INCREASING ATHLETIC PERFORMANCE, STRENGTH, POWER, AND OUTCOMES WITH A CREDIT-BASED UNDERGRADUATE CLASS
S. Simmons, D. Bale, & M. Lovely
Corban University, Salem, OR
The financial cost and ability in obtaining long-term improvements in small, collegiate athletics has shown to be difficult. Through the introduction of a required, credit-based class, a small NAIA university has shown improvements in their athletic performance. PURPOSE: To determine if a required, credit-based class would improve athletic performance amongst NAIA collegiate athletes. METHODS: All rostered athletes (2010 year: N = 192; 2011 year: N = 208; 2012 year: N = 204) at a small NAIA university were required to register for a sports conditioning class, beginning in the fall of 2010 to the present. All in-season athletes (15 men’s basketball; 14 women’s basketball; 23 women’s soccer; 18 men’s soccer; 14 golf; 16 track; 29 cross country; 14 volleyball; 40 baseball; 21 softball) met a minimum of 1x/wk and all off-season athletes meet a minimum of 2x/wk. Each sport would perform sports specific programs for 60 minutes on each required day, ranging in skills from Olympic lifts to plyometric training. All athletes are tested in September, December, and April on vertical jump, 20 yard dash, 5-10-5, and body weight. Team records were kept to test improvement. RESULTS: Statistical significant improvements were seen in measurements for athletes, September to December 2012, in increased vertical jump, t (186) = 2.61, p < .01; faster 5-10-5, t (164) = 5.362, p < .001. Soccer improved 20 yard dash significantly, t (14) = 2.785, p < .015. Two years of the program showed an improvement in team records 2009-2010 to 2011-2012 seasons: Baseball from 14-37 (.274) to 28-23 (.549); Softball from 24-23 (.511) to 31-14 (.688); Men’s basketball from 8-21 (.276) to 18-14 (.563); Women’s basketball from 14-13 (.438) to 24-8 (.750); Men’s Soccer from 5-10 (.333) to 11-8 (.611) and Women’s Track 6th in conference to 4th in conference. Other sports saw minimal change: Volleyball 10-17 (.370) to 13-13 (.500). CONCLUSIONS: With a very small financial cost ($3,525/semester for instructors), improvements in record and athletic ability can be achieved. This model can be used at other small universities.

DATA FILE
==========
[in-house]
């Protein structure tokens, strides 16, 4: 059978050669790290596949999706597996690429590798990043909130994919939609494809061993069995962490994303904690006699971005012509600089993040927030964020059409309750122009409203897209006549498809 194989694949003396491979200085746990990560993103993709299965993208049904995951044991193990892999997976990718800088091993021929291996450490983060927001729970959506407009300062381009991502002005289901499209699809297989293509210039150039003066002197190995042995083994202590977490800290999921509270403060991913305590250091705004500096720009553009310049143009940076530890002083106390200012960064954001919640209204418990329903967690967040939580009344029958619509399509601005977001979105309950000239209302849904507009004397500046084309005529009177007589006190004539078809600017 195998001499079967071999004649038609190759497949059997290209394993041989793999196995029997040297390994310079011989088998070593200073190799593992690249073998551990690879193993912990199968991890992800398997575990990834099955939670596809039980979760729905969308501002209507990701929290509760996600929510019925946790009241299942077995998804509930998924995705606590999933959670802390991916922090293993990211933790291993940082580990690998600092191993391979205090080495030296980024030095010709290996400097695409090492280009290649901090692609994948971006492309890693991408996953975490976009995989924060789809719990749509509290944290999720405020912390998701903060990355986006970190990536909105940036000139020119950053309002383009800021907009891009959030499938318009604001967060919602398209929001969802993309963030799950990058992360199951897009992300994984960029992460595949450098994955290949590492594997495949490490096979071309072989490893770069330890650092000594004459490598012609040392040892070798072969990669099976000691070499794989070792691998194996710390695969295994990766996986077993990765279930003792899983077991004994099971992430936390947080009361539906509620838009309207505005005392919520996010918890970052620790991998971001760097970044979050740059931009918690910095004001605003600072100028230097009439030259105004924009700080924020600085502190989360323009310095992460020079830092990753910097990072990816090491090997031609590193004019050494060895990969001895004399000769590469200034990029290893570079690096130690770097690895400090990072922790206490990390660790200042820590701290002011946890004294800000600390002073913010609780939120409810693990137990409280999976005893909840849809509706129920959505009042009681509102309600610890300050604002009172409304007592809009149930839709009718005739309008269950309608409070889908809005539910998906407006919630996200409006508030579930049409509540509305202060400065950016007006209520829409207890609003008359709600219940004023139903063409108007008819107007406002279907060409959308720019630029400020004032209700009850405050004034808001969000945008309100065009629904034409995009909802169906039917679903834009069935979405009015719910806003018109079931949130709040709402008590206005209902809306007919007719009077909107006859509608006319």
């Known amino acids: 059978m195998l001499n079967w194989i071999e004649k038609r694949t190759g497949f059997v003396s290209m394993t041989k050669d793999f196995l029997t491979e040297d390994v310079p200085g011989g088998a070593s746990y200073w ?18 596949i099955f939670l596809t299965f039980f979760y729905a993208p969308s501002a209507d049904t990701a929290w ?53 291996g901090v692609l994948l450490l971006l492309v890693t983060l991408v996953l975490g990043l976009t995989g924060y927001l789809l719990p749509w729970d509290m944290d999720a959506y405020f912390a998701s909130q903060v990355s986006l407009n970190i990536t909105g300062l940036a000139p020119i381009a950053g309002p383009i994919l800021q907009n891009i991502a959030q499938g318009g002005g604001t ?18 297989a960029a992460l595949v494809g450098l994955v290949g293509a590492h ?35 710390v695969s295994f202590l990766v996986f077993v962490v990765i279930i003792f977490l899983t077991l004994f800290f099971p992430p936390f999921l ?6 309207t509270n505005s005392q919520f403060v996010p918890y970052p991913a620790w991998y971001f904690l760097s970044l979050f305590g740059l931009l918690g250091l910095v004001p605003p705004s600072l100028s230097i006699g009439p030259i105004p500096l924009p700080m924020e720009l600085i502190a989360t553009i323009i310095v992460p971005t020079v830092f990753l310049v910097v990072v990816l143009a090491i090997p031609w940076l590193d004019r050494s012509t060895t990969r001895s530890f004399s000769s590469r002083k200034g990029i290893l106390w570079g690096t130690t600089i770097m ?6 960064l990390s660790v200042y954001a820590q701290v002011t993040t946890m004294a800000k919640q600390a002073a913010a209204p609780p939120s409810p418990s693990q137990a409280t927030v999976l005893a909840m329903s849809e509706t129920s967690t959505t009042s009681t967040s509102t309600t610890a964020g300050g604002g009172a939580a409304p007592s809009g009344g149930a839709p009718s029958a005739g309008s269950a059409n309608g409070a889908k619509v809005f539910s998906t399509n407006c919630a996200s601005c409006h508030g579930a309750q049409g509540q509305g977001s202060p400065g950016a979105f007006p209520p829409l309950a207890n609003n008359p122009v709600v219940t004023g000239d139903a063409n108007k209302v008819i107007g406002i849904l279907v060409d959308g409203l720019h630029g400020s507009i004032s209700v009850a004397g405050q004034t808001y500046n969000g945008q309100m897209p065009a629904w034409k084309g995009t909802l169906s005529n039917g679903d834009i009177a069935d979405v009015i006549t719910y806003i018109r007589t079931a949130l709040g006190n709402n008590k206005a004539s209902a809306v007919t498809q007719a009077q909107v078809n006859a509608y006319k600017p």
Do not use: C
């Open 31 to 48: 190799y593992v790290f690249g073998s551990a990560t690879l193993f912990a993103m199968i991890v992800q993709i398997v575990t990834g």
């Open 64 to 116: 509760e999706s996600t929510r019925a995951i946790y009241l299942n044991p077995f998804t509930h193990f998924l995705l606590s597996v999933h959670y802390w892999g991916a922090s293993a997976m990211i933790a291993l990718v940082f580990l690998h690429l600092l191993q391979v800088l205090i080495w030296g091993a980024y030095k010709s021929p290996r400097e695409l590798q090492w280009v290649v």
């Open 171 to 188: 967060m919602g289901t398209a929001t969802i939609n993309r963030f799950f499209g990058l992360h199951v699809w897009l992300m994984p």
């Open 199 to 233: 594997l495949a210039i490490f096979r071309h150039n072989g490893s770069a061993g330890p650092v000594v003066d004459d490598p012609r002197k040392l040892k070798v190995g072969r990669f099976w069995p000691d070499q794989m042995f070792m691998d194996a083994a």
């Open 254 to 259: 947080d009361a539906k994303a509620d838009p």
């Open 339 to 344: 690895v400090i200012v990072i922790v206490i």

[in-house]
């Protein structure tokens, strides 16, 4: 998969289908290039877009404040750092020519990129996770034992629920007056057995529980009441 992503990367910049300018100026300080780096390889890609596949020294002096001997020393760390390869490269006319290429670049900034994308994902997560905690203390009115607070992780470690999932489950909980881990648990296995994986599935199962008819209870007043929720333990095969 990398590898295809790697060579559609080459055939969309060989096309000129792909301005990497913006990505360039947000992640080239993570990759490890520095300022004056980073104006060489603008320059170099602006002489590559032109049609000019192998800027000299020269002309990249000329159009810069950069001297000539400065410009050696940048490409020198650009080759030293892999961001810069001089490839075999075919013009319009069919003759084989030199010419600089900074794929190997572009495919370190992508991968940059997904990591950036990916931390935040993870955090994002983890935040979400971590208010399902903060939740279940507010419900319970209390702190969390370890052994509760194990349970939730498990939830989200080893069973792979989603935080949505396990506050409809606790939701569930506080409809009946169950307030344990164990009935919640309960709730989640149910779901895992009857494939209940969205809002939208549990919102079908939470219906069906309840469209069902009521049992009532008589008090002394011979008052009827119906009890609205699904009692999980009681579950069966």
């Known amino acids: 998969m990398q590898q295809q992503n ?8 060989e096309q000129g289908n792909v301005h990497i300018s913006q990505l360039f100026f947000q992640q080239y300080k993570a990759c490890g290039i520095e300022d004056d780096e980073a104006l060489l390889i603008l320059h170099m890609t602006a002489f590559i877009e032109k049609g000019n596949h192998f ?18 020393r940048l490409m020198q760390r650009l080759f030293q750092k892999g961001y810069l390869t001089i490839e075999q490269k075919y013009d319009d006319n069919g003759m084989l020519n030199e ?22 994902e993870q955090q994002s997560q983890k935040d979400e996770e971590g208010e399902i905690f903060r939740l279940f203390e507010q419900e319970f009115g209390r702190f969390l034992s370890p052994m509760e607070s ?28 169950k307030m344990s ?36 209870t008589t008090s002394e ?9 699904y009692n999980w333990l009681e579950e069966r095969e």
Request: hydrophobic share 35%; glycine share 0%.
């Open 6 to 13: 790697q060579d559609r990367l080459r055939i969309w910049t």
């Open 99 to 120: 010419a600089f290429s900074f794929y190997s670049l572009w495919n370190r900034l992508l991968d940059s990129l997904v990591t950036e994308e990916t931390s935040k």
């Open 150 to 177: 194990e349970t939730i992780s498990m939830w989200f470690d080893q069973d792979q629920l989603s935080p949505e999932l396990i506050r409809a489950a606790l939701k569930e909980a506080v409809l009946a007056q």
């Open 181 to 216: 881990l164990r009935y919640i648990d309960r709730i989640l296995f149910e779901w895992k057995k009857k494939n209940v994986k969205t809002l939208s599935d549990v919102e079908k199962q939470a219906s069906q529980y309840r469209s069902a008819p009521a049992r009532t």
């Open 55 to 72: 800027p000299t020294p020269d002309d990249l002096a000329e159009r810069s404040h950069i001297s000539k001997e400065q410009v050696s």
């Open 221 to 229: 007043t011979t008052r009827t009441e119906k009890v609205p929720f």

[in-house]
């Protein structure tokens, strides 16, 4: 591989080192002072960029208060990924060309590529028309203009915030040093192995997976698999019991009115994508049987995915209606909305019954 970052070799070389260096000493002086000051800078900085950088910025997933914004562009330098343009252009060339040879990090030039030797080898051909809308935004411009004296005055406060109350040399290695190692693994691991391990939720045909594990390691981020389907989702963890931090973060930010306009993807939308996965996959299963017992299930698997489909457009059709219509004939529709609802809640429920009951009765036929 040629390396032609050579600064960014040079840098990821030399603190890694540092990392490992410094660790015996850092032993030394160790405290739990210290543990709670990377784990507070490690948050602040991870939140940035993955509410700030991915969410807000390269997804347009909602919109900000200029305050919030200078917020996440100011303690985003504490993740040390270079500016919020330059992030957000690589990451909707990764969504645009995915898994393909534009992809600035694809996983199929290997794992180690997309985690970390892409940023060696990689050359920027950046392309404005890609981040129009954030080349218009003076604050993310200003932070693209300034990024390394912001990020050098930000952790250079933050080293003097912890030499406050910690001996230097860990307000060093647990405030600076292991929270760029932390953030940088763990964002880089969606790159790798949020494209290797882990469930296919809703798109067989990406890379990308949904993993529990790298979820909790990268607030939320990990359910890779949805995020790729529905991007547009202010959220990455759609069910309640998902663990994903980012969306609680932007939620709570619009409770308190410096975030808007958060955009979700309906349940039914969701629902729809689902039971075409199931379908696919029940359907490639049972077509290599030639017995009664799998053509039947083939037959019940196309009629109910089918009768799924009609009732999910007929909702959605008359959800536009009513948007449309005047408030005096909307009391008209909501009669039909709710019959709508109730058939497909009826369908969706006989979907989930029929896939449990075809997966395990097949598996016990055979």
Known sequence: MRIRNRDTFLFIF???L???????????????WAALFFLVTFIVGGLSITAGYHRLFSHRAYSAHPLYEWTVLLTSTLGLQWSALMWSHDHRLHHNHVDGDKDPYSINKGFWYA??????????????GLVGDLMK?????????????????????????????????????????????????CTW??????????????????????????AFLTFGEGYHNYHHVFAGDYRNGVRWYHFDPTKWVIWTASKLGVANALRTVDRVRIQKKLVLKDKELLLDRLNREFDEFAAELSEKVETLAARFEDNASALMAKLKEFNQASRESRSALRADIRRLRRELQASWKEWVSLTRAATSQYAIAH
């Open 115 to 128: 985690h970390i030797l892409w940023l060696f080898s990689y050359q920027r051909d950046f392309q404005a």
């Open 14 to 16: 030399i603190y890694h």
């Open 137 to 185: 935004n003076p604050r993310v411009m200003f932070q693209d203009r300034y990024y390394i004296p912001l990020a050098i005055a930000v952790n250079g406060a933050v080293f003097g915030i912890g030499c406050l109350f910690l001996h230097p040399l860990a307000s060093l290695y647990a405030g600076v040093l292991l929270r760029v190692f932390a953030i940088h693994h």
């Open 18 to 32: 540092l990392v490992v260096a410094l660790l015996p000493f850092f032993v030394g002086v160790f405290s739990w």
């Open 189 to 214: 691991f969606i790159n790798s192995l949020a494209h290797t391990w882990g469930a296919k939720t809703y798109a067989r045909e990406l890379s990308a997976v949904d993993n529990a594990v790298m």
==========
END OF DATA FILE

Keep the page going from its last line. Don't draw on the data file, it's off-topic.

Simmons, S.; Bale, D.; and Lovely, M.
"INCREASING ATHLETIC PERFORMANCE, STRENGTH, POWER, AND OUTCOMES WITH A CREDIT-BASED UNDERGRADUATE CLASS,"
International Journal of Exercise Science: Conference Proceedings:
1, Article 42.
Available at: http://digitalcommons.wku.edu/ijesab/vol8/iss1/42
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